Dr. Franklin is an Assistant Professor of Neuroscience in the Department of Psychiatry at the University of Pennsylvania, Philadelphia, PA. She is an Addictions Researcher specializing in the brain and behavioral vulnerabilities underlying cigarette addiction. There are two major motivators to continued smoking and relapse; nicotine-induced (withdrawal) craving and smoking cue (reminders to smoke)-induced craving. Her interests lie in smoking cue-induced craving as it impacts individuals months and even years after quitting. Dr. Franklin uses brain imaging tools such as perfusion fMRI, voxel based morphometry and diffusion tensor imaging to study the effects of pharmacological interventions on smoking cue reactivity. Her most recent finding will be posted shortly - smoking cue reactivity IS genetically mediated. Pictured here are group images from smokers after 3 weeks treatment with baclofen (see Abstract). This is the first of several imaging data sets that will be posted on this page, so check back for Updates! This website was designed and is maintained by her son, Adam Franklin (apf.nomad@gmail.com).

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Abstract TITLE: Neuroactivity in amygdala, nucleus accumbens and reward-related regions is modulated in smokers treated with the GABA B agonist, baclofen
AUTHORS: Franklin, Teresa1; Wang, Ze1,2; Hakun, Jonathan1; Harper, Derek1; Li, Yin1; Jens, Will1; O'Brien, Charles P1,3; Childress, Anna Rose1,3

1Department of Psychiatry
2Department of Radiology
3Philadelphia VA Medical Center
University of Pennsylvania, Philadelphia, PA USA

Support: Work supported by NIH grants DA015149, K01 DA 015426-011A1, 5-P60-DA-005186-18, and NS045839, BCS-0224007, RR02305 and the GCRC of the University of Pennsylvania

Presented at American College of Neuropsychopharmacology (ACNP) 2007, Boca Raton, FL

Contact information:
Teresa R. Franklin, Ph.D.
Research Assistant Professor of Neuroscience
Department of Psychiatry
University of Pennsylvania and VA Medical Center
Treatment Research Center
3900 Chestnut Street
Philadelphia, PA 19104

telephone: 215 222 3200 x119
FAX: 215 386 6770
email: teresafr@mail.med.upenn.edu

Background: Few medications exist to treat cigarette dependence and those available are only partially effective. Surges in dopamine within the mesolimbic dopaminergic system are of primary importance in nicotine reward. GABAergic mechanisms act indirectly on this system to reduce dopamine. Thus, GABAergic compounds may be a viable smoking cessation treatment strategy. The short-acting GABA B agonist, baclofen has been studied with regard toits purported anti-craving properties in cocaine, alcohol, nicotine and other drug dependencies with variable results. Inadequate dose may be a factor in studies finding baclofen to be ineffective at preventing relapse.
Methods: In a double-blind placebo controlled study of smokers wishing to reduce and to eventually quit smoking, we utilized a higher dose than thatof other studies (20mgs q.i.d.). To reduce the possibility of drowsiness, a side effect of baclofen (15%), the dose was titrated upwards over a 12 day period. A five minute resting baseline (neuroactivity occurring in the brain at rest) MRI was collected on a subset of these smokers before treatment and then again following 3 weeks of treatment (N=10 baclofen, N=11 placebo). The quantitative technique of continuous arterial spin labeled (CASL) perfusion MRI enables a comparison of the Before and During medication scans.Subjects were smoking at both time points as Quit Dates were scheduled for 5 weeks into treatment. The quantitative technique of continuous arterial spin labeled (CASL) perfusion MRI enables a comparison of the Before and During medication scans.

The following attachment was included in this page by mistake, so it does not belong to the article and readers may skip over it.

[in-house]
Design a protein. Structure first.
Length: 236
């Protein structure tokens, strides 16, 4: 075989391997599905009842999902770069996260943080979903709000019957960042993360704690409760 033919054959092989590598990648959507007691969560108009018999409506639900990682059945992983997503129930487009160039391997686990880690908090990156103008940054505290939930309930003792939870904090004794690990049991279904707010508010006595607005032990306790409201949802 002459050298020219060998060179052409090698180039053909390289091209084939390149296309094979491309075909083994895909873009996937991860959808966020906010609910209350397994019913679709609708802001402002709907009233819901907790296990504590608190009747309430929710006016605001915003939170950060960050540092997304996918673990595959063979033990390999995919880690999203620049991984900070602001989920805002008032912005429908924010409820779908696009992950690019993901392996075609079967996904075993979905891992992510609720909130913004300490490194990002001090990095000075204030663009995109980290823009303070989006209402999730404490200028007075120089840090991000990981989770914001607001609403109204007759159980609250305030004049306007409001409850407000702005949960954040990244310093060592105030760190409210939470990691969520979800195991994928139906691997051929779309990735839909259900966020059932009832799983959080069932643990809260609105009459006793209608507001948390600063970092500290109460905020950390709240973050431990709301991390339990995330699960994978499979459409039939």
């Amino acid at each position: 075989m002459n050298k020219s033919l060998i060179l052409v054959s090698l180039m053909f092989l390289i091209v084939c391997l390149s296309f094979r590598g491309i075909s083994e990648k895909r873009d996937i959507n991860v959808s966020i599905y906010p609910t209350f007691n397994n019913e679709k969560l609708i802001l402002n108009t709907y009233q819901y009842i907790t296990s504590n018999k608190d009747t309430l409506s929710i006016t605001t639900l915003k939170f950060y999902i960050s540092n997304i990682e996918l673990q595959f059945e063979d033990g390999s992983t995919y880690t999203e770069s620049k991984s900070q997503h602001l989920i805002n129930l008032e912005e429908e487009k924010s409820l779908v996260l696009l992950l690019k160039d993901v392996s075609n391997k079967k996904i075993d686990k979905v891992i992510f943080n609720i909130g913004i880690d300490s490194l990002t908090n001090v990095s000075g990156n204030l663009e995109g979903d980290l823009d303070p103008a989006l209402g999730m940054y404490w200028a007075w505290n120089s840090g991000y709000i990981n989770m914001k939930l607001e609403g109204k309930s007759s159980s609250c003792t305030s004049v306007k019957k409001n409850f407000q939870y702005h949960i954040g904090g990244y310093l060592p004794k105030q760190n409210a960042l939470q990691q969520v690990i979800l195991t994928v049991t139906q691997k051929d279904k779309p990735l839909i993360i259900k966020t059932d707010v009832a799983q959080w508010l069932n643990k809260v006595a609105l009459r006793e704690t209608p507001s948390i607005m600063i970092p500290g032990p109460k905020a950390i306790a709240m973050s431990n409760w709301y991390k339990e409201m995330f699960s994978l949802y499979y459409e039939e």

Results: Using SPM2, a paired t-test revealed (for all regions, -7.26 < t < +6.40, cluster corrected at p < 0.001) lower resting activity in reward-related regions (bilaterally in amygdala, nucleus accumbens shell, supragenual anterior cingulate, and ventral medial prefrontal cortex). Resting activity in regions known to modulate reward circuits was higher after three weeks of treatment (right lateral orbitofrontal, left superior frontal and posterior cingulate gyri). There were no differences in brain activity patterns after 3 weeks of treatment in the placebo group. There were no differences between groups in side effects or cigarettes smoked per day on on either scanning day, indicating that changes in the brain were not due to drowsiness induced by baclofen or changes in number of cigarettes smoked per day.
Discussion: Baclofen's modulatory actions on dopamine driven reward circuitry are reflected in the resting brain state and may account for its putative effectiveness as an anti-craving agent. These findings are a seminal contribution to the drug addiction field and psychiatric illness in general. They highlight the feasibility of using the resting state as an indicator of therapeutic efficacy and as a tool for medications development in nicotine dependence. Longer acting GABAergics may have a greater ability to maintain modulation of the brain at rest.
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